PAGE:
She’s home for a few days anyhow, because her day care is closed for some teacher in-service time, and the plan was for Mr. Sandwich to stay home with her (he has more vacation time). So I went to work and called to see how they were doing.

At that point, Mr. Sandwich described it as “a sick, lazy day” with lots of Sesame Street. But later he took her out to play with her water table, and realized that Baguette hadn’t just been relaxing on the couch–she couldn’t stand up on her own.

So he called me and the pediatrician’s office, where we met a couple of hours later. Now, Baguette does not love going to the doctor’s office. She’s had relatively few visits, so she associates the doctor with shots and that weird stomach-poking thing. She wails incessantly at the top of her lungs, both at the nurse and at the doctor. It’s really, really hard to calm her down afterward; there is no calming her down during. But the doctor managed to examine her, and decided that he ought to send her to radiology.

And it turns out she feels exactly the same way about x-ray machines. While she was very–uncharacteristically–sedate in the waiting room, she screamed and screamed the entire time she was on the table to be x-rayed.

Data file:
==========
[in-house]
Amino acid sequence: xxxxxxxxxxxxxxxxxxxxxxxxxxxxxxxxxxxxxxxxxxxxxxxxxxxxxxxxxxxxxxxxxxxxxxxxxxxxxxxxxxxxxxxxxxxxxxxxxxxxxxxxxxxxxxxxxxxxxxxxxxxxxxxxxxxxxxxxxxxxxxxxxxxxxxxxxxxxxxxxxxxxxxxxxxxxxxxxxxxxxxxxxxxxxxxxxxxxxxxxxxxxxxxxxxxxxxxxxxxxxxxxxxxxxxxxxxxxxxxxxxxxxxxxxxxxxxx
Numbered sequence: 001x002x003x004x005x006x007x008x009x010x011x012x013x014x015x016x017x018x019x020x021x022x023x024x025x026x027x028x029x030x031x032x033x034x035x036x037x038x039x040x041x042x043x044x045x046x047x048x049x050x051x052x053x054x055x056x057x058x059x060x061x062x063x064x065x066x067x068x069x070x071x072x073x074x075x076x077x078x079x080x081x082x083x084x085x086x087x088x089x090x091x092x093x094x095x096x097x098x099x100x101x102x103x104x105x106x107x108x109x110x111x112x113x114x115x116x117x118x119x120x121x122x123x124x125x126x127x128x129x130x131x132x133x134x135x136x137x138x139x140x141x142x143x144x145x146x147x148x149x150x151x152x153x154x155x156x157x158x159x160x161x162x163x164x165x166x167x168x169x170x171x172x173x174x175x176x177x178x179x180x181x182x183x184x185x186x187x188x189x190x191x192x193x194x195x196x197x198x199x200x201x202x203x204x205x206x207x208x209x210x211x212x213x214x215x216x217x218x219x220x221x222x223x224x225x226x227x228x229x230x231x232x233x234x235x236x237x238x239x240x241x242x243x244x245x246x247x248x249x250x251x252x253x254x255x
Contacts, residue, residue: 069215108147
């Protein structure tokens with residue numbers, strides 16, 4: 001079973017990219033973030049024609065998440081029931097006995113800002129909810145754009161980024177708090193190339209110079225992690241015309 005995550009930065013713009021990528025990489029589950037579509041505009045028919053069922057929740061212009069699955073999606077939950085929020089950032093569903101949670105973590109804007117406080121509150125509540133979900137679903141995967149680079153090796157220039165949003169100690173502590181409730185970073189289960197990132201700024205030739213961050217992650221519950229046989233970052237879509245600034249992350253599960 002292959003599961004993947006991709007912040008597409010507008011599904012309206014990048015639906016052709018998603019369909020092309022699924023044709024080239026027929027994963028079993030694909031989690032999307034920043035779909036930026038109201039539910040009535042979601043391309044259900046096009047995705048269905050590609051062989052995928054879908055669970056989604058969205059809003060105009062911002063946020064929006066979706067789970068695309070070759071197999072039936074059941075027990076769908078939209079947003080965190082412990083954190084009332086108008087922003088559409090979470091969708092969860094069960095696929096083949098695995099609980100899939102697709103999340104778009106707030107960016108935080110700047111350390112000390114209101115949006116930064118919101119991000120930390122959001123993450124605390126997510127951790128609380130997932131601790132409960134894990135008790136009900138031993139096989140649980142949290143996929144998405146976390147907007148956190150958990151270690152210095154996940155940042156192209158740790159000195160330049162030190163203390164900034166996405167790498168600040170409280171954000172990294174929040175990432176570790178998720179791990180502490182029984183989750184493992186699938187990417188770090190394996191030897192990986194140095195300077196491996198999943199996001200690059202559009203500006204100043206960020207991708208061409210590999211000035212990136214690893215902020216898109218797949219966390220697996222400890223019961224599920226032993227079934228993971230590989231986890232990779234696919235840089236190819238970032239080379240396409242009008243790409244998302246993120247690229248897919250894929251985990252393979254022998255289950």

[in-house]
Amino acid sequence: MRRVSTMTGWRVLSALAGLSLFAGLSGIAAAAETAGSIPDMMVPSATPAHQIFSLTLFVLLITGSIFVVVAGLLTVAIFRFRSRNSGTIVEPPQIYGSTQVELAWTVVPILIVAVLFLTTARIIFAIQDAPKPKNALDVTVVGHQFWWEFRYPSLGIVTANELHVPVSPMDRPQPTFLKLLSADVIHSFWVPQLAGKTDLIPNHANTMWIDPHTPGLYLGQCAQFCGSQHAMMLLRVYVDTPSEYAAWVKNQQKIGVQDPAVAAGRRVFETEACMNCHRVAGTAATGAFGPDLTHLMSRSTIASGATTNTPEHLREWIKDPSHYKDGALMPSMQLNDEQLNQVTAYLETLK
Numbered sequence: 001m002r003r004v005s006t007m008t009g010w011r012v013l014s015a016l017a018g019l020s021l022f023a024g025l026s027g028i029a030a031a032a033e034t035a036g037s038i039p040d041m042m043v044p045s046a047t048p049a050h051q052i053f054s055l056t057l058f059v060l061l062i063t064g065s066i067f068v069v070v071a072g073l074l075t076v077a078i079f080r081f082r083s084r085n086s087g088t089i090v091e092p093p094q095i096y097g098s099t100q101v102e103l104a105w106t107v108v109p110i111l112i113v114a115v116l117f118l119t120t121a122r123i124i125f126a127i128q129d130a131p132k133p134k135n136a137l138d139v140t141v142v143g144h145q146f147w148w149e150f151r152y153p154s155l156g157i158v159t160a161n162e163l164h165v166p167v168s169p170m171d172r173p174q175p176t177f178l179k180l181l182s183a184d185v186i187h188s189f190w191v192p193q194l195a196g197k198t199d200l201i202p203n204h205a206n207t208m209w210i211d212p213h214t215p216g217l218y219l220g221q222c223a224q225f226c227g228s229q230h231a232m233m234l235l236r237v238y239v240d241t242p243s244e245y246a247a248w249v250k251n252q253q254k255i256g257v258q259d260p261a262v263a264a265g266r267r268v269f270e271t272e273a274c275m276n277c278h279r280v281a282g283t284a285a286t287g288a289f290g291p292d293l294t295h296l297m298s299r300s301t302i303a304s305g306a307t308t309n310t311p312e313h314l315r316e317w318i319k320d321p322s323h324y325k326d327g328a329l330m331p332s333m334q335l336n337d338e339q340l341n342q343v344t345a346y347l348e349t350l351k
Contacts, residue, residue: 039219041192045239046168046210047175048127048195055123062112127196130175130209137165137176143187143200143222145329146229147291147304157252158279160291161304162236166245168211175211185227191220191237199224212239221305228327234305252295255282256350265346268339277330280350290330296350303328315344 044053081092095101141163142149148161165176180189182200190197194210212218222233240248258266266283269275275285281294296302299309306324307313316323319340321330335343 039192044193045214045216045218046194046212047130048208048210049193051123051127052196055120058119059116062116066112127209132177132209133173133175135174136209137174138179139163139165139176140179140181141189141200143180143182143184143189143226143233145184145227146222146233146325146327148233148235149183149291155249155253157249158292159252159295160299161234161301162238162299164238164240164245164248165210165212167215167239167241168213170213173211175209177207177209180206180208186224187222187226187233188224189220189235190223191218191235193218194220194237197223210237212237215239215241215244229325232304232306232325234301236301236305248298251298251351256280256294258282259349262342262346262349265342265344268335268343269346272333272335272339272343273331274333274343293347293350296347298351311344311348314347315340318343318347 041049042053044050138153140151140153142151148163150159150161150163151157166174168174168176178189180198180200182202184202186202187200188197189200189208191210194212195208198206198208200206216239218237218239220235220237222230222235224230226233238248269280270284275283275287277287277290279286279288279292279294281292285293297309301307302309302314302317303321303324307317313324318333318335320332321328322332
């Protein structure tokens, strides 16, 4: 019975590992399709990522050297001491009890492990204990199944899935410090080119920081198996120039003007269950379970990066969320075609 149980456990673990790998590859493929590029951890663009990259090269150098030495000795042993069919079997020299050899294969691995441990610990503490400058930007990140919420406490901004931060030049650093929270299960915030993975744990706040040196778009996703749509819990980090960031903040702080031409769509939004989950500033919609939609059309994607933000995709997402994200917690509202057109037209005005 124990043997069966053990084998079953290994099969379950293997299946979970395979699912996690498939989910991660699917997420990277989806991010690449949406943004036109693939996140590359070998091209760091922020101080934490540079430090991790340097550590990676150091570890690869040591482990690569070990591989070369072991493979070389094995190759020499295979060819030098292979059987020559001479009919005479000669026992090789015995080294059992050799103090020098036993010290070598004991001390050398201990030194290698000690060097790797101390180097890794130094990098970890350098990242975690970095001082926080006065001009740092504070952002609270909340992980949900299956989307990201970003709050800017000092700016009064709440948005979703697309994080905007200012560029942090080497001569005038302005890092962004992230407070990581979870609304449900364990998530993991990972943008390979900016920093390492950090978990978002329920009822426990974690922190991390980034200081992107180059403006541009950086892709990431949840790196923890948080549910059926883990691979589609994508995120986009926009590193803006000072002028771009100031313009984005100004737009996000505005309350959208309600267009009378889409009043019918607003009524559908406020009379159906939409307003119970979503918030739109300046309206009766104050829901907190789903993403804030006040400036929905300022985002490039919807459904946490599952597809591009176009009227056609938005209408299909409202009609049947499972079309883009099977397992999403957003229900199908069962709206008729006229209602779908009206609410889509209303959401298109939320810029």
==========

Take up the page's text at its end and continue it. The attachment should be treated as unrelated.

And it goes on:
The results were normal, so no fracture–good news. And while the screaming was heartbreaking, it completely wore her out, and she fell asleep in my arms before we even got the update from the radiologist. She stayed asleep the entire way home and for several hours afterward.

So it’s likely to be a long night. Tomorrow, her pediatrician may provide another referral–this time to an orthopedist. And we suspect that we have a 2-year-old with a sprained ankle, particularly because now we can see some minor swelling. But she’s also smiling for the first time all day, and that’s an amazing relief.

Photo by microwavedboy, via Flickr.

Why Our House Is a Disaster – Weekday Edition

caution tape

We’re refinancing, and on a recent Friday, we had a visit from an appraiser. The house was not even remotely clean, although I did set my alarm for 5 a.m. so that I’d have time to at least straighten up the living room (read: put things in stacks). Instead, I was so exhausted that I just kept hitting the snooze button. Sorry, appraiser.

Mr. Sandwich and I are constantly evaluating the way we spend our time, particularly on weeknights, so that we can finish everything we need to and be ready for the next morning, while still getting Baguette to bed. What does that look like right now?

5:30 a.m.